Every Lanserring commission holds a secret maker’s mark
A Master craftsman has signed every piece of furniture that has left the workshops since 1923. Each Lanserring product includes a secret maker’s mark, visible only to those who know where to look!
A secret mechanism within a door badge opens to reveal a card of authenticity, containing details of the project. Additionally, the concealed component also houses a memory drive containing a copy of the kitchen handover manuals. Throughout the lifetime of the Lanserring product, all information will be kept on record.
Lanserring is the partnership of two brothers, Bernd and Johann Radaschitz. The Radaschitz brothers are master craftsmen, having studied at The Ortwein School. Subsequently, they now own and run a family joinery business established by their great-grandfather in 1923. The workshops are based at the foot of Riegersburg Castle in Austria.
Worldwide, they have become an authority in luxury joinery. The Radaschitz brothers went on to found London-based Company INTERIOR-iD in 2006. Their precision-engineered joinery has been commissioned by respected designers such as Martin Kemp and Katharine Pooley, as well as high-profile developers including Finchatton and Candy & Candy (One Hyde Park). Bernd and Johann employ over 80 people across all of the brands. In conclusion, Bernd and Johann’s energy, flair and vision make them key figures in the world of design.
The Legend of Lanserring
The Austrian town of Riegersburg is home not only to our state-of-the-art workshop but also to a woodcutter named Lanserring, who has been part of local folklore for centuries. This is his story…
There once lived a humble and hardworking woodcutter called Lanserring. He felled trees from morning to night, in the valley surrounding Riegersburg castle.
One day he was working in the woods when he heard somebody calling for help. He hurried in the direction of the cries until he came across a deep hole in the ground. At the bottom was a wizened old witch who had fallen in. So small was the woman, and so big the hole, that she could not escape.
‘If you help me out of this hole, you can be sure that I will one day repay your kindness,’ said the witch.
The woodcutter thought for a moment and then responded, ‘I’d gladly help you – but how can I be sure that you won’t kill me after I save your life?’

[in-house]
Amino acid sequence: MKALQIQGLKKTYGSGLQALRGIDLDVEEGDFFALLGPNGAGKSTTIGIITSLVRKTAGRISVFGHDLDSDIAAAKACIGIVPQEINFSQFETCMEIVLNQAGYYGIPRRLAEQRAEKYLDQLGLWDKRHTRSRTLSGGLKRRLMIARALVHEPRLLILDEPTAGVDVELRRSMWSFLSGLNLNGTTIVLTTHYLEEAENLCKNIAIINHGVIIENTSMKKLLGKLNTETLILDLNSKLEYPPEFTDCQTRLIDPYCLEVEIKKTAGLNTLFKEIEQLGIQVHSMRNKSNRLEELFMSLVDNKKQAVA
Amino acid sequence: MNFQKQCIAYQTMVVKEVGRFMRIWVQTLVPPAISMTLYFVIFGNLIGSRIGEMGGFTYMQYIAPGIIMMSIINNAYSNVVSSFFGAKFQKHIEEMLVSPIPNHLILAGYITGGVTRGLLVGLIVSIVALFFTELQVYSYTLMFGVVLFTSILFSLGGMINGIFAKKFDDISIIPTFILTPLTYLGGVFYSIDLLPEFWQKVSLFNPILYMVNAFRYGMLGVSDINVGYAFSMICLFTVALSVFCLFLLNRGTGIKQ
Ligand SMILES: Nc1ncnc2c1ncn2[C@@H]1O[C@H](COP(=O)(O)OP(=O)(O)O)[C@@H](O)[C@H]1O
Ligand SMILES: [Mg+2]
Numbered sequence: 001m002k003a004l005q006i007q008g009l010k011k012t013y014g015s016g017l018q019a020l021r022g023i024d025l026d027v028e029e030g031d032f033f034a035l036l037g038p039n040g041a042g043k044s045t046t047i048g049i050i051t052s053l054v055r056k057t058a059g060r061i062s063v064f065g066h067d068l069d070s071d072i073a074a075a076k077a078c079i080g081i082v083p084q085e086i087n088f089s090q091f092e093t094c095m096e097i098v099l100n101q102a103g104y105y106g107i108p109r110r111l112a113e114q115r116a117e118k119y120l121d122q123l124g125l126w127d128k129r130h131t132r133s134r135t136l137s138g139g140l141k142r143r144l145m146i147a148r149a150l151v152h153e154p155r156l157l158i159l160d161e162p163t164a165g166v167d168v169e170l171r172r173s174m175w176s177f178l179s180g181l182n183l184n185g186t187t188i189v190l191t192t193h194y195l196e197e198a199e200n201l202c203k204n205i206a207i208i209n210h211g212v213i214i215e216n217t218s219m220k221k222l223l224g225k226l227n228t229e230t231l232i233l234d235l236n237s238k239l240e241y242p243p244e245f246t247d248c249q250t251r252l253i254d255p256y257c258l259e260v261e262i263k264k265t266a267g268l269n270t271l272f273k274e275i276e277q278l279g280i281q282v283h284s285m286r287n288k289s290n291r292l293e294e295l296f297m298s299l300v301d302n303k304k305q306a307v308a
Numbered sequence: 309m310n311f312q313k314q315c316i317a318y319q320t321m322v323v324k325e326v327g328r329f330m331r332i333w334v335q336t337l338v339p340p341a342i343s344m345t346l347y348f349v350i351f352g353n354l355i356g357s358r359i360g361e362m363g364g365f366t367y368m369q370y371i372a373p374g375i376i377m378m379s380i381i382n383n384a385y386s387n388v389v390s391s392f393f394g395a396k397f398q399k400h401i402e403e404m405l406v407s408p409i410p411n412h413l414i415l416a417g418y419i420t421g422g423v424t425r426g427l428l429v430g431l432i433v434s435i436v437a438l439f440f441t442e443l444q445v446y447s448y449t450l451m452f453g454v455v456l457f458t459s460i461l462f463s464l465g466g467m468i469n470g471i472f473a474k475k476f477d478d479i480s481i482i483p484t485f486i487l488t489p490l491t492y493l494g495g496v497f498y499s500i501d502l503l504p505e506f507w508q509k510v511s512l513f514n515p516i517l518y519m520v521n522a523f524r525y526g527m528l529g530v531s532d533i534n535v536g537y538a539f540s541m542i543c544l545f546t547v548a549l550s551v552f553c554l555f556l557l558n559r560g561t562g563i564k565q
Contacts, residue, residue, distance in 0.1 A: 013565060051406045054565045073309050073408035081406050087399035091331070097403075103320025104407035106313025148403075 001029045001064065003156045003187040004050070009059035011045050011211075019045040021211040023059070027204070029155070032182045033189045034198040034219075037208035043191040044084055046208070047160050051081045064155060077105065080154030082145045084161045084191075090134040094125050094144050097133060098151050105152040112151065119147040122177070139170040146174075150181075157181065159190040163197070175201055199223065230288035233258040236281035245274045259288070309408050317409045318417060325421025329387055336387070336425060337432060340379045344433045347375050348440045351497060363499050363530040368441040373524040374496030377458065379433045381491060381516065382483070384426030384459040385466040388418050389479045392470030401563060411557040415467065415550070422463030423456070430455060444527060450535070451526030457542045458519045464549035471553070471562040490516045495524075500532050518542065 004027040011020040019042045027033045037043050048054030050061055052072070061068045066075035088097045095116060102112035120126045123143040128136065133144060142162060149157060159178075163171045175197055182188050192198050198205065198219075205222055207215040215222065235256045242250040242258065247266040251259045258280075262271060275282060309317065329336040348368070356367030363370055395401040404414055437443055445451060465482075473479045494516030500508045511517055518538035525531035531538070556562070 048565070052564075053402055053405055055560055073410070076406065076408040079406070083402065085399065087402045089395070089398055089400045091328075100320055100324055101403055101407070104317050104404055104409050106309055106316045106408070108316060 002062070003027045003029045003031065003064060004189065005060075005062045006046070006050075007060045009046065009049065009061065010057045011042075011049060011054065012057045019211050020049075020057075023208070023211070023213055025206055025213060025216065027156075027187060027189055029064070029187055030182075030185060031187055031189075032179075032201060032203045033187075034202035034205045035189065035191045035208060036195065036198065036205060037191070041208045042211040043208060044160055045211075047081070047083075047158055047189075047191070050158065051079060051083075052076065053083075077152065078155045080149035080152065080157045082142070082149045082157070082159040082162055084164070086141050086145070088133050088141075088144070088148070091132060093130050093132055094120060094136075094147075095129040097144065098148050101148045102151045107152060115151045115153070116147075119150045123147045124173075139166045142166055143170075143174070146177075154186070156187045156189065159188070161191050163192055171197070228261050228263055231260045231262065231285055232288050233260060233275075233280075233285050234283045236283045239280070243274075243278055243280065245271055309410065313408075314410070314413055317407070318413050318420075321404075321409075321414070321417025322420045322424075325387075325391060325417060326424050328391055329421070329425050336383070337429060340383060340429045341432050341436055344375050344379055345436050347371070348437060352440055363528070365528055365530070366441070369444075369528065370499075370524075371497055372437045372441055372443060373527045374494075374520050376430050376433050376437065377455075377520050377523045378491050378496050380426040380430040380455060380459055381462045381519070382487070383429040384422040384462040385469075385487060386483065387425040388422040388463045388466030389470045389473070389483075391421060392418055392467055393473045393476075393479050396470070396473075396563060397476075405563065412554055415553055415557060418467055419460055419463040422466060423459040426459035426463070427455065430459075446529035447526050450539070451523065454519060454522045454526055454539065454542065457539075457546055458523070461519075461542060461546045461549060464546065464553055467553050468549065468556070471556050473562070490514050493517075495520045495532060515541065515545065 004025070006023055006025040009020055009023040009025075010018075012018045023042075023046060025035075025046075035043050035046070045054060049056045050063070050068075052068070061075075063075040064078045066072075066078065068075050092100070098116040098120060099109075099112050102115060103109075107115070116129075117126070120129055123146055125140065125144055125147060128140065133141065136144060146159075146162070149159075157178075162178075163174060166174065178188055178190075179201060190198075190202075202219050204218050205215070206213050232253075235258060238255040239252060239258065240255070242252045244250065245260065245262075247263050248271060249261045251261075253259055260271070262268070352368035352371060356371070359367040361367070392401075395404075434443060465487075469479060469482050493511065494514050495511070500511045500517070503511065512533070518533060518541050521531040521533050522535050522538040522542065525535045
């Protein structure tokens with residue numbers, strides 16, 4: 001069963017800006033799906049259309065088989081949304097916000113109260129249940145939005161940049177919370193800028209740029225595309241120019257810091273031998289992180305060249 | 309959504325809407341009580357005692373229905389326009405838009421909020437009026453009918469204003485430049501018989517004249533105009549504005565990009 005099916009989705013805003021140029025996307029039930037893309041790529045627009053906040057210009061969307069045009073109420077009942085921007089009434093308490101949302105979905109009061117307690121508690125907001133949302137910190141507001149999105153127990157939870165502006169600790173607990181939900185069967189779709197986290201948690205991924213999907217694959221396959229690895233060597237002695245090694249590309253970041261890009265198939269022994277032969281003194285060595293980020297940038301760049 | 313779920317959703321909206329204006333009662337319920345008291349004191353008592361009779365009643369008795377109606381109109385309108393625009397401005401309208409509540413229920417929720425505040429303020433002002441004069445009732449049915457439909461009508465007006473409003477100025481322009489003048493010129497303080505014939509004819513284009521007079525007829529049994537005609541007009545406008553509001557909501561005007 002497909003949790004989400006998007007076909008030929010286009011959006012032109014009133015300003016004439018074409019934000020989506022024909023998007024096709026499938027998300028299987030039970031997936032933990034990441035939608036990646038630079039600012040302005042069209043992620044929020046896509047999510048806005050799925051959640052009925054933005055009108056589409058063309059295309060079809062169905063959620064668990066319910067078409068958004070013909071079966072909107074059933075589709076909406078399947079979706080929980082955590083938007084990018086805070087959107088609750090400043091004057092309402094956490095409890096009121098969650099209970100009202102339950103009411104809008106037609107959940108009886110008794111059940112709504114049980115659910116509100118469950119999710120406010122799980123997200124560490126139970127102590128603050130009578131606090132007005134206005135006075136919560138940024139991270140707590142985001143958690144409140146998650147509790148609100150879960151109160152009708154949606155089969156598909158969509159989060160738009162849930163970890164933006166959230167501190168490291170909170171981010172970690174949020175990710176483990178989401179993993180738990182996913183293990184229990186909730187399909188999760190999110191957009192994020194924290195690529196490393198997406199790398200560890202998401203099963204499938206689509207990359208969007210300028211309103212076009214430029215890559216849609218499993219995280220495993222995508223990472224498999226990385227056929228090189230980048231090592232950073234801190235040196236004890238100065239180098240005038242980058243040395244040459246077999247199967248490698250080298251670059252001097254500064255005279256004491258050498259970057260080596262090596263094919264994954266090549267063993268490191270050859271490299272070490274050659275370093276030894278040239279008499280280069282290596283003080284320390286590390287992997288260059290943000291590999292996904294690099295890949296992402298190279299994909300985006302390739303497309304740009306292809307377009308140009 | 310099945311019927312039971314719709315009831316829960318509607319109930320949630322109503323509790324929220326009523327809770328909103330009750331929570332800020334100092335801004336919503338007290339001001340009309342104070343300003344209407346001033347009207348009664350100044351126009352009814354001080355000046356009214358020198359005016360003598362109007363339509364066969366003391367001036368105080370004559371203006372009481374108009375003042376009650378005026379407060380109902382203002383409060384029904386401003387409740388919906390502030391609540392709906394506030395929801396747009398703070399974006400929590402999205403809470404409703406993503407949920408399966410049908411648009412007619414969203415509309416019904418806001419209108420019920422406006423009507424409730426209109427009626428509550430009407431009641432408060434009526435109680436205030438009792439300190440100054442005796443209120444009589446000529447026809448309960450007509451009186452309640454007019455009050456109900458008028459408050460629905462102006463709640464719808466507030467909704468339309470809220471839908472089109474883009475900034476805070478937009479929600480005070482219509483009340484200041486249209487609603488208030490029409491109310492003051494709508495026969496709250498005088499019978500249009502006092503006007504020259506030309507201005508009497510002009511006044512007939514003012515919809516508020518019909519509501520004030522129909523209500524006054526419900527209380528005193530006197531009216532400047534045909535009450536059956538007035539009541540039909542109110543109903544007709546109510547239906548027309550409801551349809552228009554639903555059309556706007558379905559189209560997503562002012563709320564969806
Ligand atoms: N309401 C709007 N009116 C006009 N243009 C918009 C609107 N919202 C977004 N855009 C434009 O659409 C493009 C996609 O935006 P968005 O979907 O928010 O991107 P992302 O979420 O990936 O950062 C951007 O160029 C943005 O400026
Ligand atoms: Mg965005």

‘I’d never do such a thing,’ replied the witch indignantly. ‘Instead, if you are ever alone in the forest and find yourself in danger, I promise to defend you with my life’.
The kindly woodcutter ran to the village to collect a ladder. On his return he set the ladder down into the hole, climbed in and carried the tiny woman to safety.
The witch was worn out, so the woodcutter lay her on the ground to rest. He then picked up his axe and began to take his leave.
Suddenly, the witch sat up. ‘Not so fast, my friend! Where do you think you are going? I haven’t eaten in five days, my good sir, and I am so very hungry. What could be tastier than a handsome woodcutter?’
‘You want to eat me?’, shrieked the woodcutter, trembling with fright. ‘What about your promise? Is this the reward I get for saving your life?’
‘Stop your chattering,’ snapped the witch. ‘I am dying of hunger. Let’s walk towards the clearing, where I can make a fire.’ She began to poke him aggressively with her bony finger, directing him towards the path.
The woodcutter set down his axe and appeared to succumb to his fate. ‘How will you cook me?’ he asked.
‘I’ll boil you,’ she replied. ‘And then I’ll bake you, and then I’ll roast your fat until it is crisp.’
‘Do you know what makes the meat even more tender and sweet?’ said the woodcutter. ‘The tips of the fir tree’s spring branches.’
‘But the branches are so high and I am too tired to climb,’ replied the witch. ‘I will have to make do with salt.’
‘No!’ said the woodcutter. ‘You haven’t eaten for five whole days – you deserve a veritable feast! Let’s get the ladder and I will climb up and pick the very best branches for you.’
The witch agreed and they returned to the hole. The woodcutter leaned over and tried to remove the ladder – but, pull as he may, he couldn’t seem to shift it.
‘Witch,’ he called, ‘the ladder seems to be stuck fast in the mud. Could you climb down and give it a shove?’
The witch scrambled down the ladder, eager to get her fire burning. As soon as she reached the bottom of the hole, the woodcutter pulled out the ladder, leaving the witch stranded once again. Then he took his axe and chopped the ladder into pieces.
Brave Lanserring used guile, guts and cunning alone to outsmart the witch. It is said that he still wanders the forest, protecting villagers from hostile spirits – if you listen carefully, you might just hear the distant sound of his axe as he works.